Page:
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How to Know if Someone is Shooting Up Drugs

When smoking or snorting substances no longer produces the high drug users seek, many turn to shooting up drugs. IV drug use can produce a faster, stronger high, but with many additional risks. People who inject drugs are more likely to overdose, have health complications, and battle addiction. Being able to identify the signs of IV drug use can help individuals identify whether or not someone they care about is shooting up.

Why Do People Shoot Up?

Many people are scared of needles, and even more people struggle to imagine why someone would risk injecting an unknown substance into their veins. The truth is addiction is a powerful and devastating condition that drives individuals who struggle with it to do unimaginable things. People go to extreme lengths to maintain their addictions. They may steal from family members and friends and engage in other illegal activities.

At the same time, the longer people use drugs, the higher their tolerance becomes. They have to increase the dosage and frequency of their substance intake to please their addiction and keep up with a growing tolerance. One way people cope with developing a tolerance is to change the method of administration they use to do drugs.

It can take the body anywhere from 15-45 minutes to begin feeling the effects of a swallowed pill. When smoked, substances enter the bloodstream and take effect even faster. However, many people start shooting up drugs because IV drug use tends to produce the fastest and strongest effects. By injecting drugs straight into the bloodstream, IV drug users feel the effects within seconds.

What Drugs Are Commonly Injected?

Nearly any drug that people abuse can be injected – just not safely. Many drugs have unknown additives that can cause corrosion in the veins, skin infections, and cardiac problems. Some of the most commonly injected drugs are:

  • Heroin
  • Meth
  • Cocaine
  • Crack cocaine
  • OxyContin

Approximately 50% of heroin users shoot up, compared to 13% of meth users and 3% of cocaine users.[1]

Spotting The Physical Signs of IV Drug Use

It can be difficult to know if someone is shooting up drugs based on their behaviors because different substances produce different effects. However, there are many physical signs of IV drug use that can tell you whether or not someone is injecting drugs.

IV Drug Use Paraphernalia

Certain paraphernalia and other materials are needed to inject substances. People who shoot up may have these items in their homes, vehicles, or tucked away in their personal belongings. Items include:

  • A lighter
  • A spoon, particularly one that is bent at the handle
  • Cotton
  • Syringe
  • Needle

Skin Infections, Collapsed Veins

Every time someone gives themselves an injection, they are causing minor injuries to their skin and veins. And, not caring for these injuries can cause them to become infected. IV drug users may have redness, irritation, or itching at the injection site. They may also develop skin abscesses.

At the same time, repeatedly injecting into the same spot can damage the vein causing it to collapse. Collapsed veins no longer transport blood through the body.[2] These can be difficult to see since they are located under the skin, but a medical professional can detect them.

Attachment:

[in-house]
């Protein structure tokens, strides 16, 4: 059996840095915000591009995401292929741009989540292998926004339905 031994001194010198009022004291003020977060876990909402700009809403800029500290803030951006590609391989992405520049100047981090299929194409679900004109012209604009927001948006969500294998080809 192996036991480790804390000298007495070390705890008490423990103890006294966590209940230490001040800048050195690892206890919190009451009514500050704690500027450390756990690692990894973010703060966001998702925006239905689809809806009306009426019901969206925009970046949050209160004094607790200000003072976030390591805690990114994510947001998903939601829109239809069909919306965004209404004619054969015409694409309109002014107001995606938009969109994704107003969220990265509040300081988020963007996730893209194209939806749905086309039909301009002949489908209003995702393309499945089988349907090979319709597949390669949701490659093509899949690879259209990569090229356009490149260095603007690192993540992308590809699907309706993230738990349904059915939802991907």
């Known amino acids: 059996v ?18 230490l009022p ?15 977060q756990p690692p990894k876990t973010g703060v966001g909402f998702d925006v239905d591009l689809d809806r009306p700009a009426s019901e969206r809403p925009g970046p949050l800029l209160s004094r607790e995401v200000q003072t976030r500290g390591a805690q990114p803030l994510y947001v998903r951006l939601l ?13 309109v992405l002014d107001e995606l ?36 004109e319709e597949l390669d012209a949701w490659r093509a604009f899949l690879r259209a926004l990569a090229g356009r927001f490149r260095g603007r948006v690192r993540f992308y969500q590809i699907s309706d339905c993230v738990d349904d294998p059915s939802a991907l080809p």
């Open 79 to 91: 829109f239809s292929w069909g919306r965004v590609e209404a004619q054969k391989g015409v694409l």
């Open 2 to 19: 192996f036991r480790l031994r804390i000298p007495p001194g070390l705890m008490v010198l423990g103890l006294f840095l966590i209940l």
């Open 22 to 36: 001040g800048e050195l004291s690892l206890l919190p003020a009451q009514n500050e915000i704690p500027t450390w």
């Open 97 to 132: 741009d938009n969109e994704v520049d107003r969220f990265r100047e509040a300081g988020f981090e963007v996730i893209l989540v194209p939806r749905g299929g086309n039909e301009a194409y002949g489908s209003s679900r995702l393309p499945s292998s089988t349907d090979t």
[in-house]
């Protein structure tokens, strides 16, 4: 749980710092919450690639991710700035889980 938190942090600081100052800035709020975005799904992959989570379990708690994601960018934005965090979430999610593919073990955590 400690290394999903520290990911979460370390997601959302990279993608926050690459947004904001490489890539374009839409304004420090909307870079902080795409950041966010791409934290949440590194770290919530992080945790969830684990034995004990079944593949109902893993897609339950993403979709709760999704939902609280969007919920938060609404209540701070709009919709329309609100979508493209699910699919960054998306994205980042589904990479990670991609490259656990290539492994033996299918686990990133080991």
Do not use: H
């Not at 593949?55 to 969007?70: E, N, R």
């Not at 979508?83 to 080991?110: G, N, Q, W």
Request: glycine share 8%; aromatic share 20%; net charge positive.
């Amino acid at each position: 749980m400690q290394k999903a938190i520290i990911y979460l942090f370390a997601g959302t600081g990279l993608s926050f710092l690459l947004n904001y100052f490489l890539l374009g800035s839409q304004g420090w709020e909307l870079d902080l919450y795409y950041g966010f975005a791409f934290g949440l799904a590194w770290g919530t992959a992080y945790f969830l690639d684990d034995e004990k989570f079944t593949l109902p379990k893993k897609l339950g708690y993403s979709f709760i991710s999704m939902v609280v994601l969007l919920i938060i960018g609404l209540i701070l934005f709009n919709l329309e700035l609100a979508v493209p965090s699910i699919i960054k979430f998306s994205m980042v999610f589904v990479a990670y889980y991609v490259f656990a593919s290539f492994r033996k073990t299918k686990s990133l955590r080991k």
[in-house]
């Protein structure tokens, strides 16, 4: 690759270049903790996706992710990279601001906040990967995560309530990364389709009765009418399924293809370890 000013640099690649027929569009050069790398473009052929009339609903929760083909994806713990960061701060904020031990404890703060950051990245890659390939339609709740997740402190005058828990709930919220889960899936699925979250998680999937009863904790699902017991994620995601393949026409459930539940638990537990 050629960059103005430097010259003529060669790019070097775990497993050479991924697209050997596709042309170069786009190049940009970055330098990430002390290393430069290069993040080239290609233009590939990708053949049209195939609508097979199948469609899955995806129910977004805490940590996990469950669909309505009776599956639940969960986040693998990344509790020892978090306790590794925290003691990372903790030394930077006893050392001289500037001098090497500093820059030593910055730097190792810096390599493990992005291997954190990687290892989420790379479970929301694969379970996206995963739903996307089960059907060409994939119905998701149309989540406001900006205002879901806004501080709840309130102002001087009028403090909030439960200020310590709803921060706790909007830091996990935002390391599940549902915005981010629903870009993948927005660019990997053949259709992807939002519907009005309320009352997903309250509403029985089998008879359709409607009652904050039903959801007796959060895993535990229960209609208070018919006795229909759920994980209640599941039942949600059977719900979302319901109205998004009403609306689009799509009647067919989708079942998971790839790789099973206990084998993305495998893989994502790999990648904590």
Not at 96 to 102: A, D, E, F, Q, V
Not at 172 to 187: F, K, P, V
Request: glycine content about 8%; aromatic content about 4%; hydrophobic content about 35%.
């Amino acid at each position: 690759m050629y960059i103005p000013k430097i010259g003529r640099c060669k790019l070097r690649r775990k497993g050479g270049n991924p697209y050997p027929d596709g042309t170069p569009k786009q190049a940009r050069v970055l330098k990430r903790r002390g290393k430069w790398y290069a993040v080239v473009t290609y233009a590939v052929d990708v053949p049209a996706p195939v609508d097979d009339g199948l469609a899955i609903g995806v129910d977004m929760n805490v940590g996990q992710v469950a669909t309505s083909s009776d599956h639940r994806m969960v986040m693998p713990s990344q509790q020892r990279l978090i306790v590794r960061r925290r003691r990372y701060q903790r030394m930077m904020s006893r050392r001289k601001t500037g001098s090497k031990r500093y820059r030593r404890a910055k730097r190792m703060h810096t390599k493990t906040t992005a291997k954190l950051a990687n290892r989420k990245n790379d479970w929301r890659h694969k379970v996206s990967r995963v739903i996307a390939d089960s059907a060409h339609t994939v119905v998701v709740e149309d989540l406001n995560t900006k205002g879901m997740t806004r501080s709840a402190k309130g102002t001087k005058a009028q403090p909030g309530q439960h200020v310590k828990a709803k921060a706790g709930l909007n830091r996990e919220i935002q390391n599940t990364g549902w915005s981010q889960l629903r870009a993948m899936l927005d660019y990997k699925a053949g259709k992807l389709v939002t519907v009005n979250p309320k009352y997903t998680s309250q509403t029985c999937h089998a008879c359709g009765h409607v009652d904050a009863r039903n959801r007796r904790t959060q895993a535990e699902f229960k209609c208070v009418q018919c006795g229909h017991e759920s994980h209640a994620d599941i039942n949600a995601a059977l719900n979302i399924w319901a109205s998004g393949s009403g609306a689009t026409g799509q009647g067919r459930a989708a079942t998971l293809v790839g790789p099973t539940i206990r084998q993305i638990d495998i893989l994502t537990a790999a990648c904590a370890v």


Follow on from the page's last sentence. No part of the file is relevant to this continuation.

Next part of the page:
Skin Popping

Some people inject drugs into their muscles or under their skin rather than into their veins. This is referred to as “skin popping.” Skin popping can lead to the development of lumps or bumps that form in the tissue beneath the skin.[3] These lumps heal and turn into scar tissue that builds up and may appear to pop out of the skin. People who shoot up drugs for several years may have lumps on their arms or legs where they shoot up.

Track Marks on the Arms

The easiest physical sign to spot regarding IV drug use is track marks. Track marks are sores or scars that develop at the injection site as a result of repeated injections. Many IV drug users will wear long-sleeve clothing to hide their track marks.

What Do Track Marks Look Like?

Track marks are usually found on the inner arm of an IV drug user. They lay directly over the vein and can change color depending on how fresh or old they are. While track marks are most commonly found on the forearm or inner elbow, they can be found anywhere people inject substances, such as their fingers, hands, feet, groin, legs, or neck.

Fresh track marks may appear red, raised, and irritated. As they heal, and users continue to inject in the same vein, track marks may begin to extend, covering small areas of the skin over certain veins. They can be anywhere from a few centimeters to a couple of inches in length.

As track marks heal, the redness will fade and they may become a light purple or pink color. They may take on a similar appearance as other healed scars or stretch marks. People who have track marks on their arms are likely shooting up drugs.

Find Addiction Help Today

If you have noticed any of the above-listed signs of IV drug use in your friend or family member, they may be shooting up drugs, struggling with addiction, and in need of drug rehab. The good news is you’ve come to the right place. Here at Mandala Healing Center, we can help your loved one get the medical and clinical care they need to recover and get their life back on track. Contact us today to learn more.